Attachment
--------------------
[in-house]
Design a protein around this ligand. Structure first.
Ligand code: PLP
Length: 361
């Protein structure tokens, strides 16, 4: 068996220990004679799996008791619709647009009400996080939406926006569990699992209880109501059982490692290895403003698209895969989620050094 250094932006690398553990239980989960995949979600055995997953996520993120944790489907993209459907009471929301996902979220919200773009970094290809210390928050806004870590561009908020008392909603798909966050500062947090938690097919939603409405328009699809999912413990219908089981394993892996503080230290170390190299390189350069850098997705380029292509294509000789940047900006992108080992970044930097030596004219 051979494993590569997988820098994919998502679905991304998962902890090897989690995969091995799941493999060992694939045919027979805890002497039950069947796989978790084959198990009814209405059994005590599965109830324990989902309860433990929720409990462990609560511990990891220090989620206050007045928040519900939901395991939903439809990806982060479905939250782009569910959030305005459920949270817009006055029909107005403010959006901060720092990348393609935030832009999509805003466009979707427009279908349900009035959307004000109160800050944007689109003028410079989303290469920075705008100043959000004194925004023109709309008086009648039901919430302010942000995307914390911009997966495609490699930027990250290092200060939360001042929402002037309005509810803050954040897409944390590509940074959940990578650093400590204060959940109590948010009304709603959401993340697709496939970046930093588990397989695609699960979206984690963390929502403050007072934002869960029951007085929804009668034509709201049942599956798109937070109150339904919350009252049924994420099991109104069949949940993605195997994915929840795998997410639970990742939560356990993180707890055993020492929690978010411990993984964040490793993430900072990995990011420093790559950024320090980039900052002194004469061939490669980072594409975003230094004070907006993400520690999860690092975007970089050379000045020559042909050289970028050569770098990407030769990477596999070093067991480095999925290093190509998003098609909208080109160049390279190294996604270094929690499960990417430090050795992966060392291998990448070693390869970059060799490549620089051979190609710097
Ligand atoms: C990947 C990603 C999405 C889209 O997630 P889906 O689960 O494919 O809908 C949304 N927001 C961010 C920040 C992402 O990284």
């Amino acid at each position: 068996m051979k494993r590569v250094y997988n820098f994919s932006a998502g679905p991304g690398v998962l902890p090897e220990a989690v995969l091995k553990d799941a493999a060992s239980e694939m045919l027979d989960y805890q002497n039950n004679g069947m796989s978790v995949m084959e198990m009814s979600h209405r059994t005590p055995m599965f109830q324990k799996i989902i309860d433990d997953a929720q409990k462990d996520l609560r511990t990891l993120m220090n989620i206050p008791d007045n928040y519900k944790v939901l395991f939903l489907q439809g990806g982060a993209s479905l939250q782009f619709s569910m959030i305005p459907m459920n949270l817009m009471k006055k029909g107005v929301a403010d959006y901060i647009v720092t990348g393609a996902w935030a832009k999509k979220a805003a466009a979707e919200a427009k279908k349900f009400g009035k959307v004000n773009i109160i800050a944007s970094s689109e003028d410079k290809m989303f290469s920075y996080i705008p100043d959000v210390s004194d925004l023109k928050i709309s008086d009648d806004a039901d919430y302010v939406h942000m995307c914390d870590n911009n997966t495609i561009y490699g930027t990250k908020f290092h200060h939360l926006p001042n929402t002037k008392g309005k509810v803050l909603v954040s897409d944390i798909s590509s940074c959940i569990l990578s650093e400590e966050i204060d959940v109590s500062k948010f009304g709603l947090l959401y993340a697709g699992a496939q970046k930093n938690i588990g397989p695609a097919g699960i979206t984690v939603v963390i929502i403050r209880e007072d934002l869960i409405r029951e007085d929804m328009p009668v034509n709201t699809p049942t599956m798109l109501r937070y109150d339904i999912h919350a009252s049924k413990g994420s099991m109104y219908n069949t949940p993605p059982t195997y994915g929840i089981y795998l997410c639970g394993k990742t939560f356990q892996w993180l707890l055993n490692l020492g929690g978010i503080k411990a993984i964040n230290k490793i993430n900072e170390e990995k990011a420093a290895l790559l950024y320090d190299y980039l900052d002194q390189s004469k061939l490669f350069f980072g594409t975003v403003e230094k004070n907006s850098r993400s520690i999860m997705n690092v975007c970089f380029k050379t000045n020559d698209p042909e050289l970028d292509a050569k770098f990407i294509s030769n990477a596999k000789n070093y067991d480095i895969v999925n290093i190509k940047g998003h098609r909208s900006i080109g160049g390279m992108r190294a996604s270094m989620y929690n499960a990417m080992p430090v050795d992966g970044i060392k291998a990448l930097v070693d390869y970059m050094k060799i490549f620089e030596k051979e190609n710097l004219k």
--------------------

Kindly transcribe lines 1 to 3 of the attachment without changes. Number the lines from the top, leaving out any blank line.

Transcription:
[in-house]
Design a protein around this ligand. Structure first.
Ligand code: PLP